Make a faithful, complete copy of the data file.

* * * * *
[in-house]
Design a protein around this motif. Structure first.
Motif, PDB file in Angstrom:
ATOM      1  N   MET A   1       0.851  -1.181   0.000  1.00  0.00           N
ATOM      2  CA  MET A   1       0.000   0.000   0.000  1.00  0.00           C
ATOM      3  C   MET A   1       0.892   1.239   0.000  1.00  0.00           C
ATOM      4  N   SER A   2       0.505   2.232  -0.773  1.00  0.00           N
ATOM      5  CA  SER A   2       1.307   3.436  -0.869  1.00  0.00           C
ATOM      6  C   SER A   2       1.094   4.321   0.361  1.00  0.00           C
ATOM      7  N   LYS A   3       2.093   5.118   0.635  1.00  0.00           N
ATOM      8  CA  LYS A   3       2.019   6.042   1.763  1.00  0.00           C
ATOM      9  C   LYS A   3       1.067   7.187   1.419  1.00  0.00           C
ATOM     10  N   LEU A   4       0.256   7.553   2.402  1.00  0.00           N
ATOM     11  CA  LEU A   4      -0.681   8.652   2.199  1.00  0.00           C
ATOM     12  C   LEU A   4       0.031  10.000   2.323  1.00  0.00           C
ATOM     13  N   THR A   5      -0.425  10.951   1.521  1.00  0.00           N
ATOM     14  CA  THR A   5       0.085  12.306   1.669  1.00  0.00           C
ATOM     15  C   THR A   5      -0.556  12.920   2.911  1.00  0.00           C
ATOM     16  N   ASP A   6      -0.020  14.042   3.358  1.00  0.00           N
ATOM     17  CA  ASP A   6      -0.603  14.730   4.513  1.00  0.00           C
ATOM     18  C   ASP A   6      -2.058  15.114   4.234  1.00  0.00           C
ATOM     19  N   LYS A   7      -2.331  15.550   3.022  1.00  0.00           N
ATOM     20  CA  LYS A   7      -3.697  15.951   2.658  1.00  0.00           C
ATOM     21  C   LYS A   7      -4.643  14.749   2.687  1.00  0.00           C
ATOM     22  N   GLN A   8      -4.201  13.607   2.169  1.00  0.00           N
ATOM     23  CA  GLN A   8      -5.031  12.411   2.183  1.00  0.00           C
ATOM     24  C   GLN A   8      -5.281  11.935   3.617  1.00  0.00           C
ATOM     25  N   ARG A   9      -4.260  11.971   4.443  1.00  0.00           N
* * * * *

[in-house]
Design a protein around this motif. Structure first.
Motif, PDB file in Angstrom:
ATOM      1  N   MET A   1       0.851  -1.181   0.000  1.00  0.00           N
ATOM      2  CA  MET A   1       0.000   0.000   0.000  1.00  0.00           C
ATOM      3  C   MET A   1       0.892   1.239   0.000  1.00  0.00           C
ATOM      4  N   SER A   2       0.505   2.232  -0.773  1.00  0.00           N
ATOM      5  CA  SER A   2       1.307   3.436  -0.869  1.00  0.00           C
ATOM      6  C   SER A   2       1.094   4.321   0.361  1.00  0.00           C
ATOM      7  N   LYS A   3       2.093   5.118   0.635  1.00  0.00           N
ATOM      8  CA  LYS A   3       2.019   6.042   1.763  1.00  0.00           C
ATOM      9  C   LYS A   3       1.067   7.187   1.419  1.00  0.00           C
ATOM     10  N   LEU A   4       0.256   7.553   2.402  1.00  0.00           N
ATOM     11  CA  LEU A   4      -0.681   8.652   2.199  1.00  0.00           C
ATOM     12  C   LEU A   4       0.031  10.000   2.323  1.00  0.00           C
ATOM     13  N   THR A   5      -0.425  10.951   1.521  1.00  0.00           N
ATOM     14  CA  THR A   5       0.085  12.306   1.669  1.00  0.00           C
ATOM     15  C   THR A   5      -0.556  12.920   2.911  1.00  0.00           C
ATOM     16  N   ASP A   6      -0.020  14.042   3.358  1.00  0.00           N
ATOM     17  CA  ASP A   6      -0.603  14.730   4.513  1.00  0.00           C
ATOM     18  C   ASP A   6      -2.058  15.114   4.234  1.00  0.00           C
ATOM     19  N   LYS A   7      -2.331  15.550   3.022  1.00  0.00           N
ATOM     20  CA  LYS A   7      -3.697  15.951   2.658  1.00  0.00           C
ATOM     21  C   LYS A   7      -4.643  14.749   2.687  1.00  0.00           C
ATOM     22  N   GLN A   8      -4.201  13.607   2.169  1.00  0.00           N
ATOM     23  CA  GLN A   8      -5.031  12.411   2.183  1.00  0.00           C
ATOM     24  C   GLN A   8      -5.281  11.935   3.617  1.00  0.00           C
ATOM     25  N   ARG A   9      -4.260  11.971   4.443  1.00  0.00           N